That Savedra introduces that phrase, and that Ashlin is replying to it and making the point that despite not normally liking “girls” each likes the other, to me has a completely different implication from that drawn by Morgan; Ashlin is here reinforcing the idea of Savedra as female, saying that she is the exception to a general heterosexuality, just as Ashlin is Savedra’s exception. This is a problematic model of sexuality for other reasons, but as far as gender presentation goes, this dialogue seems to me to be actively reinforcing that Savedra is a woman; that she still has, and is able to enjoy using, her penis (“traitourous flesh”) absolutely does not undermine her trans identity, since there are trans women out there who are in that situation.
The second passage quoted by Morgan is this, with Morgan’s discussion:
She offers Savedra the same deal: switch sides, and she can have a real female body to inhabit. Isn’t that what she has always wanted? Ginevra would have to die, but that’s a small price, right? It is an horrific suggestion, and one that Savedra declines, but not quite for the obvious reason.
Madness, Savedra would call it. Abomination. Temptation.
Nikos had always said he loved her, not the flesh she wore. Did he really mean that?
“No,” she said at last. “I can’t”(p425)
So yes, there are moral considerations, but the main reason Savedra says no is that being given the choice has forced her to confront the “reality” of her relationship with Nikos. For all her fine fantasies, she is forced to admit that when it comes down to it Nikos wants her as she is, not as she imagines herself. If she had a female body, Nikos would not love her anymore.
Again, I think Morgan is interpreting the passage in a counterintuitive way. The first, gut reaction Savedra has to the suggestion is indeed that it is horrific; that she then also thinks about it in the context of her relationship doesn’t undermine or remove that first reaction. Furthermore, her statement that Nikos loves her, not the flesh she is in, seems to me to be the exact opposite of the statement Morgan believes it to be; Savedra is Savedra, and it is her soul (The Bone Palace is very openly dualistic) Nikos loves, her female soul, no matter what her body appears to be. She does not reject the offer because Nikos only loves her for her male body, but because Nikos loves her whatever body she is in, so accepting the horrific offer wouldn’t actually have any benefit for her.
In the end, Morgan’s analysis of the gender politics of The Bone Palace strike me as incredibly wrongheaded; whereas she believes Downum to have written an anti-trans text on the level of Russ’ Female Man, it reads to me as a very trans-positive novel with an excellent, honest, empathetic and thoughtful depiction of trans life.
Death is no stranger in the city of Erisín– but some deaths attract more attention than others.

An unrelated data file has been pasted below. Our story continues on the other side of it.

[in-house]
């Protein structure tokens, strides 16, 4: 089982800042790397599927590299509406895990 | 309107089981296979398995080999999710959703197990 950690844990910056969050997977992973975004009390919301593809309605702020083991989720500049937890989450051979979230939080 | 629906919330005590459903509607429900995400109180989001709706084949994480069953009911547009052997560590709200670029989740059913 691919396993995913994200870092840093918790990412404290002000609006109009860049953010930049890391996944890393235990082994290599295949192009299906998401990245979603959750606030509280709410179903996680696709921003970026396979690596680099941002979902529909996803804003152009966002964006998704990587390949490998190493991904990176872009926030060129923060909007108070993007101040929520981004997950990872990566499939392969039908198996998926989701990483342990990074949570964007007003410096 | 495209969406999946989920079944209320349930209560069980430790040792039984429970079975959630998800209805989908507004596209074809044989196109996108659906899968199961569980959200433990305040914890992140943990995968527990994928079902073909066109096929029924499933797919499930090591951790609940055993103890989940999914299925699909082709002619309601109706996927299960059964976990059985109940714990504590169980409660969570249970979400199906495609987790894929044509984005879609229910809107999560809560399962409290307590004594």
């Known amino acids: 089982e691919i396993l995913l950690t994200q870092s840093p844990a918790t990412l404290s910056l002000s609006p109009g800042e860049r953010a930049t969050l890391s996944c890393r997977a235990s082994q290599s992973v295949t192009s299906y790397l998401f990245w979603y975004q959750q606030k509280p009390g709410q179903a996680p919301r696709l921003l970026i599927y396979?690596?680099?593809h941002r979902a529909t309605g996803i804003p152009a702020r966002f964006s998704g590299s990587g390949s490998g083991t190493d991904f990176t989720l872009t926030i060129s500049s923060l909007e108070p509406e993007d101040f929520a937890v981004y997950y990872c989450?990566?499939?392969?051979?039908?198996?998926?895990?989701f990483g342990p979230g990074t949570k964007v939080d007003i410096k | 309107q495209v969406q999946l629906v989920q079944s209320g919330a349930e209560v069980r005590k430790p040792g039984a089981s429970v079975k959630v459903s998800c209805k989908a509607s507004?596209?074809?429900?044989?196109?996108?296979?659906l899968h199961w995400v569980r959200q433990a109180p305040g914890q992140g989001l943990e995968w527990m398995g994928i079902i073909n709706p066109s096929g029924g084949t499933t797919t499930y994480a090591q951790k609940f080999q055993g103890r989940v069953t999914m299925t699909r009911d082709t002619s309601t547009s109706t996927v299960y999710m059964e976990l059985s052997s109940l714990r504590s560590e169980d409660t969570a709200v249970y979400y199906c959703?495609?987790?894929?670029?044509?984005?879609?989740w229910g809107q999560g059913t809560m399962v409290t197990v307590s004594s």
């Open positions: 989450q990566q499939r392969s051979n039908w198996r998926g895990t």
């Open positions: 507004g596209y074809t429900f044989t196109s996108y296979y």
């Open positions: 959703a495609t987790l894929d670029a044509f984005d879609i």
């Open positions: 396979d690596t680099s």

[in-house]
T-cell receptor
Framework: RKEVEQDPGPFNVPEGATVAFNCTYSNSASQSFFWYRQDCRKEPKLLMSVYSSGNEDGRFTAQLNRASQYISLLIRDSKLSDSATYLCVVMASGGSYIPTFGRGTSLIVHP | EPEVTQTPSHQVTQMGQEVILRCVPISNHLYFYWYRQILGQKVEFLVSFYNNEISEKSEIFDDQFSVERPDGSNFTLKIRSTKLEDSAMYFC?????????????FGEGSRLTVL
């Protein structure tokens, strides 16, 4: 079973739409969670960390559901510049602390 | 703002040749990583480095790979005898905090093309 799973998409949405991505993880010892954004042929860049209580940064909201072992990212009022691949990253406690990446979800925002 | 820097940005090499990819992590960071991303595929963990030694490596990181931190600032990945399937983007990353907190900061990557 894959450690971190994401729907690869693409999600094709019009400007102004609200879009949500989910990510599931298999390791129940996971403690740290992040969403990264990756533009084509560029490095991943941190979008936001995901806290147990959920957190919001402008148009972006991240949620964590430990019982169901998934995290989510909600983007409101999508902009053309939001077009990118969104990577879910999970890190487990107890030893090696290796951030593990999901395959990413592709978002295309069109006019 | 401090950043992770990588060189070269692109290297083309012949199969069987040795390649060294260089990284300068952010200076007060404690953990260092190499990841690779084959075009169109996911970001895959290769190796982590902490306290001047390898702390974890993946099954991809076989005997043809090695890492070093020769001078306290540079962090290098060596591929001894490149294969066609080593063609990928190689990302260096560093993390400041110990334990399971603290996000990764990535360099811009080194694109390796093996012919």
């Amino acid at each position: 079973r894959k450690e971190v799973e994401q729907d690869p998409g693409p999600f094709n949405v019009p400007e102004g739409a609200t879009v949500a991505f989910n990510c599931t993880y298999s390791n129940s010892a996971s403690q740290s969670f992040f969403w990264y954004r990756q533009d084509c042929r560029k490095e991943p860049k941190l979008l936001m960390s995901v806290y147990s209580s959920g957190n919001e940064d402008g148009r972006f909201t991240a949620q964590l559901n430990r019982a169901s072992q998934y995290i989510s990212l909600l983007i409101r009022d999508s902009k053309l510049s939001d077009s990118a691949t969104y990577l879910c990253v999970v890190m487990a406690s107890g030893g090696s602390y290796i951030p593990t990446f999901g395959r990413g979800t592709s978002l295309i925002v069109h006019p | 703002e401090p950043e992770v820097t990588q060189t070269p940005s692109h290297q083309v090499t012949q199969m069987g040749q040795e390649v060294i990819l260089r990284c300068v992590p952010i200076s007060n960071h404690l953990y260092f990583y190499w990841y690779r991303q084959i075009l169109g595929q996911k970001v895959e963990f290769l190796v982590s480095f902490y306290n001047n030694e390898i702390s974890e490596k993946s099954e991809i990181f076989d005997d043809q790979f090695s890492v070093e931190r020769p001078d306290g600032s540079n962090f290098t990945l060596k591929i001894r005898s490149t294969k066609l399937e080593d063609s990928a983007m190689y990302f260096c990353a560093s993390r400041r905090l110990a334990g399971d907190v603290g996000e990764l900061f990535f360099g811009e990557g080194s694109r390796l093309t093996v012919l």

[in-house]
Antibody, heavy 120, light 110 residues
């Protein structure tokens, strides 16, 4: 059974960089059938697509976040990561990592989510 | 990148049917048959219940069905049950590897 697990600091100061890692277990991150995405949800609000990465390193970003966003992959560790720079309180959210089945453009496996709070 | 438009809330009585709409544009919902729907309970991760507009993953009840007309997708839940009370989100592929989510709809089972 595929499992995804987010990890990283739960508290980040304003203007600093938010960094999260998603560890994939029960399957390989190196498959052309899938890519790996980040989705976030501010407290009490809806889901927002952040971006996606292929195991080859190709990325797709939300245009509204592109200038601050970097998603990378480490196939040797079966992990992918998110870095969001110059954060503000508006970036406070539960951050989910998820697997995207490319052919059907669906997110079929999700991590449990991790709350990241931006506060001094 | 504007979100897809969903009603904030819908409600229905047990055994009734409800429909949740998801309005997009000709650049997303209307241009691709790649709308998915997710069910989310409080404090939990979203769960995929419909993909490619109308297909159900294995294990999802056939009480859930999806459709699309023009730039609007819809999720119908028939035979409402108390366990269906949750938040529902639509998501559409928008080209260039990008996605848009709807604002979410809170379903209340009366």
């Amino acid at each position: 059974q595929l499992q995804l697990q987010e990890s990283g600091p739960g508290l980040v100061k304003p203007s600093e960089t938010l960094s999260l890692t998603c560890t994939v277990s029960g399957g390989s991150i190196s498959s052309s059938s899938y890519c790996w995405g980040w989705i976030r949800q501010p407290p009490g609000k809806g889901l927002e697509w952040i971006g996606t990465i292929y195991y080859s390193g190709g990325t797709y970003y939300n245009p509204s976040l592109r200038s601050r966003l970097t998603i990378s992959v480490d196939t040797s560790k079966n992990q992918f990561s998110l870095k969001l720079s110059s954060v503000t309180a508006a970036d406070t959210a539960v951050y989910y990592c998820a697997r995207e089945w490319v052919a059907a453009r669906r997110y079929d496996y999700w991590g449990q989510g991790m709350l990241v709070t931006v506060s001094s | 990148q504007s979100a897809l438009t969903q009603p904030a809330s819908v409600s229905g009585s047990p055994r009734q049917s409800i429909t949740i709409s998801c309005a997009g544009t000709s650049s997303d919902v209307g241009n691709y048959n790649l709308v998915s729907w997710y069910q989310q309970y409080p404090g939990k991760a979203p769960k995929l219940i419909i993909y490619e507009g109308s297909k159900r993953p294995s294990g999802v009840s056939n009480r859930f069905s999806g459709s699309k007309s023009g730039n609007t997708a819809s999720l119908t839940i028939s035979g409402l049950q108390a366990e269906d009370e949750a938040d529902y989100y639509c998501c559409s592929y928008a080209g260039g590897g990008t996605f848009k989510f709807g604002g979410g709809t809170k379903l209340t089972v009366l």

When a prostitute dies carrying a royal signet, Isyllt Iskaldur, necromancer and agent of the Crown, is called to investigate. Her search leads to desecrated tombs below the palace, and the lightless vaults of the vampiric vrykoloi deep beneath the city. But worse things than vampires are plotting in Erisín…
As a sorcerous plague sweeps the city and demons stalk the streets, Isyllt must decide who she’s prepared to betray, before the city built on bones falls into blood and fire.
The Bone Palace, follow-up to The Drowning City, sees Isyllt back in her home city of Erisín after the debacle of her last assignment; it also takes place three years after the first novel, meaning a whole new and different web of contacts has been built up.
It also means that we’re dropped into a completely different kind of plot. While The Drowning City was a sort of James Bond-style espionage thriller, The Bone Palace is rather closer to a whodunnit threaded through with a palace intrigue to put A Song of Ice and Fire to shame, although both of Downum’s novels are also shot through with some of the same themes and ideas. In this case the various plot threads, of murders, tomb robbings, and assassination plots all converge as the novel moves on, picking up pace as it goes; at times this can feel a little disjointed and choppy as different characters pursue different lines of enquiry at different paces, but it also has a sense of building to a grand climax which really is game-changing in a way many novels fail to achieve. The murder of a prostitute, robbing of the tomb of the queen, and standard palace politics all combine very well in Downum’s hands in that climax, brought together in a reasonable, believable way, different strands of the same plot; The Bone Palace achieves that complexity excellently.